The moment you think of cool and comfortable fabrics for summer, you do not think of silk. But that’s all the more reason to choose this luxurious and perhaps unexpected fabric. An all weather fabric silk is warm and cozy in winter and comfortably cool in summers.
Many different types of silk are produced which can broadly be divided into cultivated silks and wild silks.
India produces four varieties of natural silks namely Mulberry silk, Tasar silk, Muga silk and Eri silk. The Tasar, Eri and Muga silk are non mulberry silks which are wild silks and are also known as Vanya Silks. Out of these varieties of wild silk Muga is better known and has gained popularity over the years. Muga silk is known for its natural shimmering golden colour. It’s produced in Assam, border areas of neighbouring states and cooch Bihar in West Bengal. The word ‘Muga’ means yellowish in Assamese. Muga silk has been given the Geographical Indication (GI) status since 2007 and the logo for authentic production has been registered with Assam Science Technology and Environment Council.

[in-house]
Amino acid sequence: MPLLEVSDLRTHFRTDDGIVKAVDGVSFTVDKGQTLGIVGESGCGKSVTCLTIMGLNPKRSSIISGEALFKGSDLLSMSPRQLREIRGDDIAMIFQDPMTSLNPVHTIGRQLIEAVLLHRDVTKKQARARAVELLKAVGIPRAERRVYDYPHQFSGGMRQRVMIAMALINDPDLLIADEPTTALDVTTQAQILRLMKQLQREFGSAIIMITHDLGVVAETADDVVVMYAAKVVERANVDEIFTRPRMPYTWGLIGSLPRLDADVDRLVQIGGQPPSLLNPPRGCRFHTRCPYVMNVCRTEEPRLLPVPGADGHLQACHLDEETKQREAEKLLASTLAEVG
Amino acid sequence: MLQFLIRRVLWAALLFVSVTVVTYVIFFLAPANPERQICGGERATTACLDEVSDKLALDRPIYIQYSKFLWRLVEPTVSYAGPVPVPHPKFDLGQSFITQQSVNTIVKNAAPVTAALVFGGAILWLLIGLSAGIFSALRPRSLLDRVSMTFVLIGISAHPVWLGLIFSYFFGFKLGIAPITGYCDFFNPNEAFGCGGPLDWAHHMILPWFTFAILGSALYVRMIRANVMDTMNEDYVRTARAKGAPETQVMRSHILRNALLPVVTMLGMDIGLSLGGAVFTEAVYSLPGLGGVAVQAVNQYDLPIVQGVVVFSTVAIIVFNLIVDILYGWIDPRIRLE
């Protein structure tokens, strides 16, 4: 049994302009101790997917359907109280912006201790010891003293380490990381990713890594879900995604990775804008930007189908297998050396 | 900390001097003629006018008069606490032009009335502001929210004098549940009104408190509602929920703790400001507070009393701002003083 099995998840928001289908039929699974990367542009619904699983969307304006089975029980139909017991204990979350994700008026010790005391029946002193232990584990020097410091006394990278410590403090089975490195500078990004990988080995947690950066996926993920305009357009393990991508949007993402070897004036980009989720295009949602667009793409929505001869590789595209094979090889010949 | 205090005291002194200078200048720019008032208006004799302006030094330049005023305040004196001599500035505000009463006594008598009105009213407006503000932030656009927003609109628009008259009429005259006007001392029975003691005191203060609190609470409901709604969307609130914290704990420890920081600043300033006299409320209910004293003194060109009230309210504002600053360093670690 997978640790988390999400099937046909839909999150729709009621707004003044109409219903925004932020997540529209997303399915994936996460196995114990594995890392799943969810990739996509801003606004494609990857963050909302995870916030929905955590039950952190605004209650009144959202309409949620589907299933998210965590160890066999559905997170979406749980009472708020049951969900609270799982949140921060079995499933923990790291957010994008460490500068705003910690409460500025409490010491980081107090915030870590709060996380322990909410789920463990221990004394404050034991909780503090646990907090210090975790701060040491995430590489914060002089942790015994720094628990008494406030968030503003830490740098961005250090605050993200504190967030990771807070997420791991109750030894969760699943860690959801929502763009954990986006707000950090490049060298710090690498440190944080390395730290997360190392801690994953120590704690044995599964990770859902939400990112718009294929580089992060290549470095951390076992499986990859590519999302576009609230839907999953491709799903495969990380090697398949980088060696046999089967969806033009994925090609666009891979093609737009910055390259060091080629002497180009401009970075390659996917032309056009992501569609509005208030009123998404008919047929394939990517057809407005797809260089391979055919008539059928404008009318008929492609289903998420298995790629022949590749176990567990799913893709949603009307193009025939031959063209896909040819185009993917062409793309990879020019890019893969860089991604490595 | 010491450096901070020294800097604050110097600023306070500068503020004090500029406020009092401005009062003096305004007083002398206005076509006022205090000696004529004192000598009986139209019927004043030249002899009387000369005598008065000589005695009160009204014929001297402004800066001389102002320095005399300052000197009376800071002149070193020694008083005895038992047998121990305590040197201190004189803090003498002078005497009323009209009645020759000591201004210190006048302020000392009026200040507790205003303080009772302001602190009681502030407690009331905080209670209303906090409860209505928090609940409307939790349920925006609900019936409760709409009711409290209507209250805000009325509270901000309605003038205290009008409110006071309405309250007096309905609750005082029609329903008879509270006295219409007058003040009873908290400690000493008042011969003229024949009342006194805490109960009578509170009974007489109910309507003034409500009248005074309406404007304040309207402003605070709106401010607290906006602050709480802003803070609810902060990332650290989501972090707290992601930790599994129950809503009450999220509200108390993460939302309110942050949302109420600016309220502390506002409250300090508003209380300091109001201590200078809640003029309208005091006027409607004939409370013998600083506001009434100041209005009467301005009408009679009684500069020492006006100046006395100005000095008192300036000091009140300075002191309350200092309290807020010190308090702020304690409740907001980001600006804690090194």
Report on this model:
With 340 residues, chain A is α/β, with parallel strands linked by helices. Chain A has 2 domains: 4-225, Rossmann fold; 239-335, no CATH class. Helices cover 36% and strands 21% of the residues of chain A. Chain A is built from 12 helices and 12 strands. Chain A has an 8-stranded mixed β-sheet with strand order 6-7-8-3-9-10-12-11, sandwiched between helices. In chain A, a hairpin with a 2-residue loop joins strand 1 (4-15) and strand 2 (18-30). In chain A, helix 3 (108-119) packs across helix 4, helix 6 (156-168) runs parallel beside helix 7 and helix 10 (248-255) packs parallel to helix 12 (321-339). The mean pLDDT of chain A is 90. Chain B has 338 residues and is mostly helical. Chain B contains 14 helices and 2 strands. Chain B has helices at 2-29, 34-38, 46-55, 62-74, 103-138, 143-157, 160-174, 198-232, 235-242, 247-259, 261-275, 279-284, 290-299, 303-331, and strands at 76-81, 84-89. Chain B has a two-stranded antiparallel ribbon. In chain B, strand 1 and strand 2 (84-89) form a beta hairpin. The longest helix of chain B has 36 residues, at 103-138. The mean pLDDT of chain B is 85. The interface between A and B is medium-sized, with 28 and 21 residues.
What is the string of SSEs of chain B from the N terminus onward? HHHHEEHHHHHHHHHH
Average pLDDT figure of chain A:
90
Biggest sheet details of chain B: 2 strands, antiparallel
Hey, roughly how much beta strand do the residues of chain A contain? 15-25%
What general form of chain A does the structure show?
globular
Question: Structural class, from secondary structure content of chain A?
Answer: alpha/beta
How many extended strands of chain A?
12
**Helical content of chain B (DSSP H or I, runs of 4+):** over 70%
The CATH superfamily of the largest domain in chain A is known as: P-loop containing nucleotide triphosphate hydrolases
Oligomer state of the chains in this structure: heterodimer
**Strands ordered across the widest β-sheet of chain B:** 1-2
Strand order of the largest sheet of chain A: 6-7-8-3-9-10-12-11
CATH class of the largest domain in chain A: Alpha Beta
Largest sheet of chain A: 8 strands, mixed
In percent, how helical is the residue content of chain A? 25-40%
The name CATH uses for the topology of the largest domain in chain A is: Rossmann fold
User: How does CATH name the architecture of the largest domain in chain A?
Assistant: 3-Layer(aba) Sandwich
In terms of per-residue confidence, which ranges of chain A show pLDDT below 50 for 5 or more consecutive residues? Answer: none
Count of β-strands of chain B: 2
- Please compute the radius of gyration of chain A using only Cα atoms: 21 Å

Muga silk was unknown to outside world until 1662, till French Explorer Mr. Jean Joseph Taverniere discovered Muga silk during an exploration to Assam region of India. It has the highest tensile strength amongst all other natural fibres and is very durable. Muga silk is used for making all kinds of produucts like sarees, suits, dupattas, hats, caps, scarfs, wraps and upholstery.
Muga silk has flexibility of blending. It is blended easily with pashmina, cotton and other types of mulberry and non-mulberry silk while weaving. In recent times Muga silk is being used for developing new products and designs. Use of Muga Yarn is also finding favour with weavers as a substitute for zari.
Muga has a global connect especially in US, Europe, South Africa and the Middle East. In Japan designers are using it to make kimonos and other traditional Japanese dresses.